Student athletes experience brain changes, even when they have not suffered concussions, according to a new study examining high school football players.

Concussions are often seen in student athletes, and these injuries, which can lead to brain damage, have caused a great deal of concern from parents and school officials. High school football players could damage their brains from injuries less severe than concussions, according to a study matching electronic measurements of impacts with brain examinations.

Wake Forest Baptist Medical Center researchers studied 24 high school football players, between the ages of 16 and 18, who had never experienced a concussion. Players were divided into two groups - 15 were classified as light hitters, while nine were marked as heavy hitters. Accelerators were placed in the helmets of the players, so investigators could quantify the forces applied to the head during collisions.

High school football players were found to exhibit changes to their brains after just a single season of playing the sport, despite the fact they never suffered a concussion while on the field. Those students who were hit on the head most often experienced the greatest amount of damage.

"It's not the harder the hit, it's the cumulative exposure to impact," Christopher Whitlow, from the Radiology Translational Science Institute at Wake Forest Baptist Medical Center in North Carolina, said.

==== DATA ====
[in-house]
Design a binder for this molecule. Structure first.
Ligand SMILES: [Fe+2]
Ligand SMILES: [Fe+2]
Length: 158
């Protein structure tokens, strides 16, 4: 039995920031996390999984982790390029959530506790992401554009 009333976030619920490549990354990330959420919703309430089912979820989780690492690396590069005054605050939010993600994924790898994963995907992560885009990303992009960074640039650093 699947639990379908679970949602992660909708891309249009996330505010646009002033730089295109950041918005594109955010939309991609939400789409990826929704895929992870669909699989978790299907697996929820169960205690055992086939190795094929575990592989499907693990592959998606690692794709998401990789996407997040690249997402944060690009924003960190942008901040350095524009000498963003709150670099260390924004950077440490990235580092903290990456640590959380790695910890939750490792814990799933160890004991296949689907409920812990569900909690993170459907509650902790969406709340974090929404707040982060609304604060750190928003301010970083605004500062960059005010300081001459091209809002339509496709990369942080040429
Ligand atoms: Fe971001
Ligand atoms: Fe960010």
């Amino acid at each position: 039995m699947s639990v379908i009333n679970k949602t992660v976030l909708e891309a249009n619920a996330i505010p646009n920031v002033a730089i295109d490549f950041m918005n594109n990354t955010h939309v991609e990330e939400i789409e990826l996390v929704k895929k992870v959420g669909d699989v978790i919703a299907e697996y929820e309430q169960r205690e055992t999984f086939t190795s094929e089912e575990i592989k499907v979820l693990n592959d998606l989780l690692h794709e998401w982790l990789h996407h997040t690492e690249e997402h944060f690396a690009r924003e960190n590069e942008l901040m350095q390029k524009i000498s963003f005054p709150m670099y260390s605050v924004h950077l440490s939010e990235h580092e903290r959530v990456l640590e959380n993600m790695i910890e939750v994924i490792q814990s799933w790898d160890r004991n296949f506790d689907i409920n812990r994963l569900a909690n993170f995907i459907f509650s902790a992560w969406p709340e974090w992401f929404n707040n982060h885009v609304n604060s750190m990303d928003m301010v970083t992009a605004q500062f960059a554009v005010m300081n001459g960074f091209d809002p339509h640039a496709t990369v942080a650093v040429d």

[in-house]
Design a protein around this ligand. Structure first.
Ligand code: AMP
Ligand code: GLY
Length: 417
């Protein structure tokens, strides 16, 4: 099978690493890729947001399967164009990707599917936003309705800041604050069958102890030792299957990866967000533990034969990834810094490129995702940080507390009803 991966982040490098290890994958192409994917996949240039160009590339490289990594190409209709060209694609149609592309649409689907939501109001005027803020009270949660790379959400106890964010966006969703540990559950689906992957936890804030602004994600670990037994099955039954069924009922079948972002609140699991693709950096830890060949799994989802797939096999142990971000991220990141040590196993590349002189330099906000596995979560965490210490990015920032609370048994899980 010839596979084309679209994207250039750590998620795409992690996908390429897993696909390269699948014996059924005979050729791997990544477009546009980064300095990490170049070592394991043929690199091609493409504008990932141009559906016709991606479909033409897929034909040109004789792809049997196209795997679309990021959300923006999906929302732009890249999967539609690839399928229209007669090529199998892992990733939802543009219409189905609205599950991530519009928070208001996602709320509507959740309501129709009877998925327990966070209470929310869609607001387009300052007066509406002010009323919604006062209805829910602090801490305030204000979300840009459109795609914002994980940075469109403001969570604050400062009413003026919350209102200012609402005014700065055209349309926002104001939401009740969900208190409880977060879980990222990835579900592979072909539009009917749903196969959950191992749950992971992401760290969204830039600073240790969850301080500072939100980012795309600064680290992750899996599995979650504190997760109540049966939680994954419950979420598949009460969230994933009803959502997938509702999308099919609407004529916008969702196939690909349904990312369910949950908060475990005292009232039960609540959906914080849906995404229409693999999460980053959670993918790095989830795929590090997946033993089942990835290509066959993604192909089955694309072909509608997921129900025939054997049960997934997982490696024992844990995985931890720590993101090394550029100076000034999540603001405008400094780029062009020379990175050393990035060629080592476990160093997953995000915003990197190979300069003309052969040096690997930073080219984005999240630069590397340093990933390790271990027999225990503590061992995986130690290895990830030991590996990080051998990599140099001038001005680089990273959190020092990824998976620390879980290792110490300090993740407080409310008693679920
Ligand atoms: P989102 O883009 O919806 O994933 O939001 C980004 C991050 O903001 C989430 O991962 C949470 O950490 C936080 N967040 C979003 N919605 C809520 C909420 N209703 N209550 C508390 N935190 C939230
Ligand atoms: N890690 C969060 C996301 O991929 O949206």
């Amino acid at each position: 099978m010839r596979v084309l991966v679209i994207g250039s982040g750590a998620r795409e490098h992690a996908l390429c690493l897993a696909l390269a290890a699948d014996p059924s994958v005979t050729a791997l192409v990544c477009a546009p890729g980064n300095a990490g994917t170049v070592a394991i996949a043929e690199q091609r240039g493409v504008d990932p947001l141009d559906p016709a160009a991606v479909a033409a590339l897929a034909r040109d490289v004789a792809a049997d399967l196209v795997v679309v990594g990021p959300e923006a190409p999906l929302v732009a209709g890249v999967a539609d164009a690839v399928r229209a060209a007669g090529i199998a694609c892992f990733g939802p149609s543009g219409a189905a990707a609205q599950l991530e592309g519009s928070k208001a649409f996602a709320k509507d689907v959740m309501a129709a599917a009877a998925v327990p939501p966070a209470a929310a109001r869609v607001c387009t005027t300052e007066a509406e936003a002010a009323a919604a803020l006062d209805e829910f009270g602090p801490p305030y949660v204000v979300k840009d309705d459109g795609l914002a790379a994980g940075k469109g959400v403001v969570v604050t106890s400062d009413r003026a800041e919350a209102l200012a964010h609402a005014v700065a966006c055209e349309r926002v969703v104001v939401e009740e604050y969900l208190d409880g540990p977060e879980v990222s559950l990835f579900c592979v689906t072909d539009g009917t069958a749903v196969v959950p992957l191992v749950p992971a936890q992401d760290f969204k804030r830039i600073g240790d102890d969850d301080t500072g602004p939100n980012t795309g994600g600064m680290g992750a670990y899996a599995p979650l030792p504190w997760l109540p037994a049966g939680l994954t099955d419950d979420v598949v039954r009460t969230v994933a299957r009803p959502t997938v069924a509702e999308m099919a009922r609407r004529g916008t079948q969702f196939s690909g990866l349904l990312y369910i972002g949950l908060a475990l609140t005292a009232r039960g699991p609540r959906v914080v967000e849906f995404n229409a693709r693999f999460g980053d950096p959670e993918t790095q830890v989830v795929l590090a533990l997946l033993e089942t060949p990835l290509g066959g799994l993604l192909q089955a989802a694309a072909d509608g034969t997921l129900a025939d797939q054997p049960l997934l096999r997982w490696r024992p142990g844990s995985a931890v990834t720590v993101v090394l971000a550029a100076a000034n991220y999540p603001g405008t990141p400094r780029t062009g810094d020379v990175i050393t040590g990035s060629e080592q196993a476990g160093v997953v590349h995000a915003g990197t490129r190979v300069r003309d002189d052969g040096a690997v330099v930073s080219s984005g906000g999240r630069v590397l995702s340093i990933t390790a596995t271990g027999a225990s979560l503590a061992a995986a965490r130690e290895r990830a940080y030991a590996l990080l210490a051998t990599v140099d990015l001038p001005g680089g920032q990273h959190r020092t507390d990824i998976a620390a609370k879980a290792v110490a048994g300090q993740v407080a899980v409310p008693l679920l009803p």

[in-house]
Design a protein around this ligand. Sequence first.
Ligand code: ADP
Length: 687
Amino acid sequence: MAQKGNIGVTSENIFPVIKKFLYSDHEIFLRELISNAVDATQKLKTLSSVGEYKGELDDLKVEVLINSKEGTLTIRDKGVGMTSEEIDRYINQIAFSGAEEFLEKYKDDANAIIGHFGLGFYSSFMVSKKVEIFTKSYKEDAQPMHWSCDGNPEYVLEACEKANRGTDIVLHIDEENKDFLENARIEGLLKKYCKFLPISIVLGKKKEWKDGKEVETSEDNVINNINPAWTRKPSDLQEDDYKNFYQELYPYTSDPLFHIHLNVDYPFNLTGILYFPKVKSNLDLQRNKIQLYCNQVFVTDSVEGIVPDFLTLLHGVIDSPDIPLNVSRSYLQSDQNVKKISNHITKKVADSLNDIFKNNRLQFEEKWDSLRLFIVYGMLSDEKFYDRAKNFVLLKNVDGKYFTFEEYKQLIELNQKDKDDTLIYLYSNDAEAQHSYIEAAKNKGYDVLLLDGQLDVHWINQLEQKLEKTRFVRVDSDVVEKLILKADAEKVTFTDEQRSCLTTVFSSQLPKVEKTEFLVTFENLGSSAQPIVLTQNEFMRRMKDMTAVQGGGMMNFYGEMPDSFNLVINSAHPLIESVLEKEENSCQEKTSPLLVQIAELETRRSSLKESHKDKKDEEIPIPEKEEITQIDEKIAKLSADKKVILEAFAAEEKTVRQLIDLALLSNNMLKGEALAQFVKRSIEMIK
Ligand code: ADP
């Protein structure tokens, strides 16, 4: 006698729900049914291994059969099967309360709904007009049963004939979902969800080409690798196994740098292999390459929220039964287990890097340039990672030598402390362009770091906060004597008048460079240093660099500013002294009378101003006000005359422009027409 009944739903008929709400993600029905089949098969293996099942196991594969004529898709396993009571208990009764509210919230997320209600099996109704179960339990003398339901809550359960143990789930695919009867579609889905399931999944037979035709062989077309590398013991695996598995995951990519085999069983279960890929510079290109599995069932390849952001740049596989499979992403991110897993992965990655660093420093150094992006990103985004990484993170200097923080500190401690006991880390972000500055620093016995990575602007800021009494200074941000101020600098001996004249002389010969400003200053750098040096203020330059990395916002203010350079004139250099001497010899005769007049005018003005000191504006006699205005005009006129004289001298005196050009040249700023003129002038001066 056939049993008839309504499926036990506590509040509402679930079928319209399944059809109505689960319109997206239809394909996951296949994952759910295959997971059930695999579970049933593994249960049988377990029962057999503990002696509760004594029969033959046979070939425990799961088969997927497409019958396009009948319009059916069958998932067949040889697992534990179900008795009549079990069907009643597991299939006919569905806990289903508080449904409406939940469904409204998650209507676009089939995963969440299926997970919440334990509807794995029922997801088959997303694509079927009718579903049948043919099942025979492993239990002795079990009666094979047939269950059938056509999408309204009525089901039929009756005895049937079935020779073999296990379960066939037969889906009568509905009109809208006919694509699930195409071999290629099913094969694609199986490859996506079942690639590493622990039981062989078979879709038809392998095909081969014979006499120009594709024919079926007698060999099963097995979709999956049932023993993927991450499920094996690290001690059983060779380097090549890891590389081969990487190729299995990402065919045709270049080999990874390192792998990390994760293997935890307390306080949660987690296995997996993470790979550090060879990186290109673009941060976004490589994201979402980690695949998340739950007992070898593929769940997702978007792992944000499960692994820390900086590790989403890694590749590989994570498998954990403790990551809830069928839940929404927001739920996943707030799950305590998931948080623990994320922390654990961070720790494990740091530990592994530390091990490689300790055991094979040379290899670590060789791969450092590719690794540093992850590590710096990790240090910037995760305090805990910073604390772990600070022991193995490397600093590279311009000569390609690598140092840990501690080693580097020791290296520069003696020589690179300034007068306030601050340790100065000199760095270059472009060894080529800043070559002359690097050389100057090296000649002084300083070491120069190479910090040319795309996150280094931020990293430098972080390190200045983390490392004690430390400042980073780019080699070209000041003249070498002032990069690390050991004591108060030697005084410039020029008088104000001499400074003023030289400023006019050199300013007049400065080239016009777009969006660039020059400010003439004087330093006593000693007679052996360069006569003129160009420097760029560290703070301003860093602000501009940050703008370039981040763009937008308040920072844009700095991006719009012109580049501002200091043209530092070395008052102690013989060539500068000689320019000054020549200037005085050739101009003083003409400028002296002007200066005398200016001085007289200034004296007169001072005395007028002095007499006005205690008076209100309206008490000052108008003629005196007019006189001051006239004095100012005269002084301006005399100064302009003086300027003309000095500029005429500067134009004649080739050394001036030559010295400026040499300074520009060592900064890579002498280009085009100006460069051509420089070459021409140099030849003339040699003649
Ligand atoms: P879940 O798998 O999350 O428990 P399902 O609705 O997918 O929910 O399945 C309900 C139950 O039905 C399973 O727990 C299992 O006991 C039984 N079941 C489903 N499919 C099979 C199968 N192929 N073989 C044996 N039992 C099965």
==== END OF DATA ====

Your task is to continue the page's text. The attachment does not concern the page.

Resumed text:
Diffusion tensor imaging (DTI) was used to examine the white matter in students' brains. These nerve fibers act like communication lines, connecting various parts of the neural structure. Water moving through these cables, called fractional anisotropy (FA), was traced using DTI.

Water usually moves fairly evenly between different areas of the brain, which is measured as a high value for FA, a number between zero and one. Over the course of a season, football players in the hard-hitter group were found to have a lower FA than light-hitters. None of the players in the study experienced a concussion during the course of the season.

More head collisions were reported during practice sessions than during actual games, according to researchers. The study started with accelerometers set in helmets of 40 student athletes, but researchers were only able to collect enough data from 24 subjects for use. Video recordings were used to ensure impacts recorded for the study occurred during play, and not from helmets being thrown or stored away.

This study could provide further evidence to recent concerns that repeated blows to the head could lead to brain damage. Results of the investigation were reported at a press briefing at a meeting of the Radiological Society of North America.

"It is unclear whether or not these effects will be associated with any negative long-term consequences," Whitlow said.

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